Skin Color Changes
What are skin color changes?
Skin color changes include any discoloration of the skin in a patchy or uniform pattern. Skin color changes can include red, yellow, purple, blue, brown (bronze or tan), white, green, and black coloring or tint to the skin. Skin can also become lighter or darker than normal.
Types of skin color changes
Possible skin color changes include:
Blotchy red spots
Bruising or bleeding under the skin
Change in appearance of a mole or other birthmark
Darkening (hyperpigmentation), such as darkening of the facial skin
Jaundice (yellowing of skin and eyes)
Mottled or marbled appearance
Pale bluish or grayish skin tone (cyanosis), which can also affect the lips and nails
Patchy skin color changes, such as patches of white skin (vitiligo)
Tiny red or purple spots (petechiae)
Unusually light skin color (hypopigmentation)
Pigment-producing cells in the skin called melanocytes give skin its color. Melanocytes produce a pigment called melanin. Lighter skin, or hypopigmented skin, produces less melanin, while darker areas of skin, or hyperpigmented skin, produce more melanin. Your skin may be naturally light or dark depending on how much melanin your skin produces. Changes in melanin production can be caused by changing hormone levels and medications.
Although melanin pigment is brown, its appearance changes hue the deeper it rests in the skin. This is due to an optical phenomenon called the Tyndall effect. Deep patches of melanin may look green, grey, even blue.
Changes in skin color can also accompany a variety of disorders, diseases and conditions, including inflammation, malignancy (cancer), organ failure, allergies, and infections. Changes in skin color can occur suddenly or gradually. The color can be blotchy and affect only a small area of the skin, such as a rash on your chest, or you may have a uniform change over the entire body, such as redness or jaundice (yellowing of the skin and eyes).
Skin color changes can be caused by a serious, potentially life-threatening condition, such as an allergic reaction, infection, or cancer. A rash of tiny purple spots on the skin can be due to meningitis or allergic purpura, both of which can be life threatening. Seek immediate medical care (call 911) if you, or someone you are with, have these symptoms or other serious symptoms, such as a change in consciousness, or hives or a rash accompanied by wheezing, shortness of breath, or swelling of the face, mouth or throat.
What other symptoms might occur with skin color changes?
In addition to skin color changes, you may experience other skin symptoms, such as itching, a change in texture, dryness, temperature changes, blisters, or pain. Other symptoms can affect the digestive tract, respiratory system, nervous system, cardiovascular system, endocrine system, or immune system.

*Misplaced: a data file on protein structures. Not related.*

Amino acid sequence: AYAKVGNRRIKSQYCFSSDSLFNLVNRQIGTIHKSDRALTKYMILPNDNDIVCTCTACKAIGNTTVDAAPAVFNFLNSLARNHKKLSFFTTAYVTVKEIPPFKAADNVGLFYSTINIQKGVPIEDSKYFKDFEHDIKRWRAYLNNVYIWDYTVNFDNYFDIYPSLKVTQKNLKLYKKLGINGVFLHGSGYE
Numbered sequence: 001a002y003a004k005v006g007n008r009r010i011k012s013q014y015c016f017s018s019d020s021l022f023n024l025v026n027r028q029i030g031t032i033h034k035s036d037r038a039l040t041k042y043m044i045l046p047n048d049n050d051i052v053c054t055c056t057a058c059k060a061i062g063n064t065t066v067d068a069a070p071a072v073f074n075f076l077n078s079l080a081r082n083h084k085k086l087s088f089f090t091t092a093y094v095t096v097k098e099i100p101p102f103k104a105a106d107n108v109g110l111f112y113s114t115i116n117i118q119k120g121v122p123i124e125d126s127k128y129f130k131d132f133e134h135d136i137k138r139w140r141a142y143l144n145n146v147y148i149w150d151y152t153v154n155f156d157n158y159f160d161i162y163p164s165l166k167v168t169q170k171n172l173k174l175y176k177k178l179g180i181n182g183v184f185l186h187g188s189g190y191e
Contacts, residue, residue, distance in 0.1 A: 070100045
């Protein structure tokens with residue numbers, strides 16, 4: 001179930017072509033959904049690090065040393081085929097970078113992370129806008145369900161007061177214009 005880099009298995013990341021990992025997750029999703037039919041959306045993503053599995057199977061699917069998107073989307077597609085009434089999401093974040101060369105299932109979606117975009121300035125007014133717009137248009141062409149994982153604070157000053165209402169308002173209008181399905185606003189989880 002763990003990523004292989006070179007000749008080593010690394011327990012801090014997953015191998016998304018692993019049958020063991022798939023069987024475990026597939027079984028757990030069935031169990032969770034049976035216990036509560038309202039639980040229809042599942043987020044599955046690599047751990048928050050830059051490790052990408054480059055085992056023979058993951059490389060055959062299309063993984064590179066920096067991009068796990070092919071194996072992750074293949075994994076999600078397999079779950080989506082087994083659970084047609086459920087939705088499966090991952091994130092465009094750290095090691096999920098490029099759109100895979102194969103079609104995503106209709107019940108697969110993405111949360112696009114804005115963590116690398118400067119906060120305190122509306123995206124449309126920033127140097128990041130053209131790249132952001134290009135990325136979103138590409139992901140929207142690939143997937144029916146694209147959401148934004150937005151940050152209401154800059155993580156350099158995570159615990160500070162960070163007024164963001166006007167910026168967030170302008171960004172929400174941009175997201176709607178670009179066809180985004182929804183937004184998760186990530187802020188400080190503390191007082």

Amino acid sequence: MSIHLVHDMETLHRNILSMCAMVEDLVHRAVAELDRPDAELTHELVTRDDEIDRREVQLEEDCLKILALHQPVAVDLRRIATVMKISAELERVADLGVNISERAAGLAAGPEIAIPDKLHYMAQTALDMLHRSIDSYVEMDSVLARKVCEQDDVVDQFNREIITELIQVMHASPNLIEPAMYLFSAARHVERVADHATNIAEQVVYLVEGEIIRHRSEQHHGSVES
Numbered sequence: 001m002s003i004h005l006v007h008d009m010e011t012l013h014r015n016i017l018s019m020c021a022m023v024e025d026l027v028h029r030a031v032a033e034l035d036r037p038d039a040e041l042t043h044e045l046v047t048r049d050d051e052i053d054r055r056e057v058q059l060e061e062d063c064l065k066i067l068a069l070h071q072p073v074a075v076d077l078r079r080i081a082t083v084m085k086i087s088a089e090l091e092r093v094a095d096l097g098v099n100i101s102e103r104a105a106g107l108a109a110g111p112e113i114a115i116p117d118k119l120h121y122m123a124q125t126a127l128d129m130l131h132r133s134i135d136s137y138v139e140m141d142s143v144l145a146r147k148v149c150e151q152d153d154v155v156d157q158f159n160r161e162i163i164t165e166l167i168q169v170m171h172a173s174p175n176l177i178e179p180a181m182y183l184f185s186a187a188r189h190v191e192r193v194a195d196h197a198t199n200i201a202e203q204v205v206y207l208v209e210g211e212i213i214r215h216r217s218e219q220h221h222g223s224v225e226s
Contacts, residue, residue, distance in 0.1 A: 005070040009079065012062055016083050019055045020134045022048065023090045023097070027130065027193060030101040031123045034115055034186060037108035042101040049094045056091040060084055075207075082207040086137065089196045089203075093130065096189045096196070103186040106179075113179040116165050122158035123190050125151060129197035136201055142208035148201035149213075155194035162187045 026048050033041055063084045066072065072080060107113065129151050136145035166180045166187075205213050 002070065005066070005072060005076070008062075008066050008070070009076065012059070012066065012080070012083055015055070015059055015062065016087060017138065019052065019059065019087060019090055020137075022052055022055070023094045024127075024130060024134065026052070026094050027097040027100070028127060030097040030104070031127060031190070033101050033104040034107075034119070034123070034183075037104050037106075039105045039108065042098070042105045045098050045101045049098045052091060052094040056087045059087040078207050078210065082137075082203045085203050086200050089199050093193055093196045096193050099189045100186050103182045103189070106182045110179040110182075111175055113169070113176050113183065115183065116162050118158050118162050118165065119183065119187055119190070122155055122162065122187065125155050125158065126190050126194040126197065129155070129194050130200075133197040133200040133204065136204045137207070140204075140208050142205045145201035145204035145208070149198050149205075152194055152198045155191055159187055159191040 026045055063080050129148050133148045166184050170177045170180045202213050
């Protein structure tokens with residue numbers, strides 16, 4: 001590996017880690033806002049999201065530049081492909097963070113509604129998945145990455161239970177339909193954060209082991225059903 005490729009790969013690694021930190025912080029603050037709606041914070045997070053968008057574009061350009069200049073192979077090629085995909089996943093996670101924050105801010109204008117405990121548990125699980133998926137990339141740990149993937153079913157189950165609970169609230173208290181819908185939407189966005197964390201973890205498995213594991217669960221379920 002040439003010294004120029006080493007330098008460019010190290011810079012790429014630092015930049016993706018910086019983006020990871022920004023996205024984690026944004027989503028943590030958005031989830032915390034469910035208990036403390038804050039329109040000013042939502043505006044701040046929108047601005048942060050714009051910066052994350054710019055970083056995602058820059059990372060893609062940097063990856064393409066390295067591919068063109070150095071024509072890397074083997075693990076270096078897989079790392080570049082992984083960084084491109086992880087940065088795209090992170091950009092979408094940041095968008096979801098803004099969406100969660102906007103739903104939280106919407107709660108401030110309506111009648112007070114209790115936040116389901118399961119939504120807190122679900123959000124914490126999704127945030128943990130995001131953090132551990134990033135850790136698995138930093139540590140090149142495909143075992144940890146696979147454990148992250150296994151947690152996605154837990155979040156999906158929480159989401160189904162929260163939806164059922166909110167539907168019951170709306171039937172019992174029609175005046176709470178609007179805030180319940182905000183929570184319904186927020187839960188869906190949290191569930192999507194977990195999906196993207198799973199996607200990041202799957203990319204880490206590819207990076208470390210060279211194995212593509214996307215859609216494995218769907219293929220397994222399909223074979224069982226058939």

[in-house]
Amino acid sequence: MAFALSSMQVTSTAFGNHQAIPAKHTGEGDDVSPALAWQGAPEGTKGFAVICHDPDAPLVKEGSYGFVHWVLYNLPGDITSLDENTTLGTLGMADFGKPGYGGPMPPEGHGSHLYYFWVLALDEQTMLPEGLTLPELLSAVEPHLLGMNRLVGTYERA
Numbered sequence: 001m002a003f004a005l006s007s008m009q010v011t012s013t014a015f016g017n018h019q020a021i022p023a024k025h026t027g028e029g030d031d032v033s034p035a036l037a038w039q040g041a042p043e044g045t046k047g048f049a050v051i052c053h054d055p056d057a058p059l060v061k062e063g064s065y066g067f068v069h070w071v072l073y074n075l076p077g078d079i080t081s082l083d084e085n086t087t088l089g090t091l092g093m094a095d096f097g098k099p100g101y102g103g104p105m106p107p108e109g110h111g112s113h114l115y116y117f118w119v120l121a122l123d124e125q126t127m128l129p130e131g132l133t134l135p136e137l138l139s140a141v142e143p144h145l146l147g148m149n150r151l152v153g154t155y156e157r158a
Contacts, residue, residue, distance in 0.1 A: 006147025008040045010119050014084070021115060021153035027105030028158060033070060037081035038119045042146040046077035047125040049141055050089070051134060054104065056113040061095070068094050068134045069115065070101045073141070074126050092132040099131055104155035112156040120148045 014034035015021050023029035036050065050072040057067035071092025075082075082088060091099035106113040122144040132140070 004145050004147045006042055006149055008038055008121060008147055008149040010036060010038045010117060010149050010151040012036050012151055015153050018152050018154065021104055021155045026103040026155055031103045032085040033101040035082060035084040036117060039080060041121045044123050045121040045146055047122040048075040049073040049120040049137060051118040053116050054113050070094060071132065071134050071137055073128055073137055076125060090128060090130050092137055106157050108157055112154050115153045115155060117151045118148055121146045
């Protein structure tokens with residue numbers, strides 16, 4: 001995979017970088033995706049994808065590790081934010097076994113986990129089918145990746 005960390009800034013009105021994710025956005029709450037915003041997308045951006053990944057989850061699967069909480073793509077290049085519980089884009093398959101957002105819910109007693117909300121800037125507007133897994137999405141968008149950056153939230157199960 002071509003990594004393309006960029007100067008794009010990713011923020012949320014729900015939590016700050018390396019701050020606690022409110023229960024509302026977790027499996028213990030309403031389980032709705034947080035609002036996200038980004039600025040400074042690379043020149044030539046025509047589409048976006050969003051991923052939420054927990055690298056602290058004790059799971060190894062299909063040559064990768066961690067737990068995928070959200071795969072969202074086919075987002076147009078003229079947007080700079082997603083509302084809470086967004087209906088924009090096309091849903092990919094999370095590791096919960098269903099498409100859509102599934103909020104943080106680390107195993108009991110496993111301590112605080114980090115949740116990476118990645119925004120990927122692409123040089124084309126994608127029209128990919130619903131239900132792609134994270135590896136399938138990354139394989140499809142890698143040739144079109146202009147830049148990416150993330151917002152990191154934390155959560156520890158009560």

For example, some serious cardiovascular conditions, such as acute congestive heart failure or heart attack, can be associated with skin color changes (pallor or cyanosis) as well as chest pain, dizziness, and shortness of breath. Contact your licensed health care provider regarding any type of persistent skin condition or skin color changes that cause you concern.
Other skin symptoms that may occur along with skin color changes
Skin color changes may occur with other symptoms affecting the skin including:
- Changes in skin texture
- Increase or loss of hair
- Inflammation or irritation
- Photosensitivity (abnormal sensitivity to sunlight)
- Scaling or peeling
- Temperature changes
- Thickening or thinning
- Tingling or burning pain
Other symptoms that may occur along with skin color changes
Skin color changes may occur with other symptoms related to other body systems including:
- Abdominal pain or tenderness
- Changes in color of urine (deep orange or brown)
- Dry or bloodshot eyes
- Joint pain
- Numbness or burning sensation
- Pale-colored stool
- Unexplained weight gain or loss
- Weakness or muscle fatigue
Serious symptoms that might indicate a life-threatening condition
In some cases, skin color changes may occur with other symptoms that might indicate a serious or life-threatening condition that should be immediately evaluated in an emergency setting. Seek immediate medical care (call 911) for skin color changes accompanied by any of the following symptoms:
Bleeding symptoms including blood in vomit, stools or urine
Cold, clammy skin
High fever (higher than 101 degrees Fahrenheit)
Hot and dry or hot and moist skin with change in consciousness
Rapid heart rate (tachycardia)
Swelling of the mouth, lips, tongue or throat
What causes skin color changes?
Your skin may be naturally light or dark depending on how much melanin your skin produces. Changes in melanin production can be due to a variety of conditions and some medications. Skin darkening can be due to changing hormone levels or medications, but it can also occur from exposure to ionizing radiation (such as the sun) or heavy metals. Radiation therapy can also cause an increase in skin pigmentation.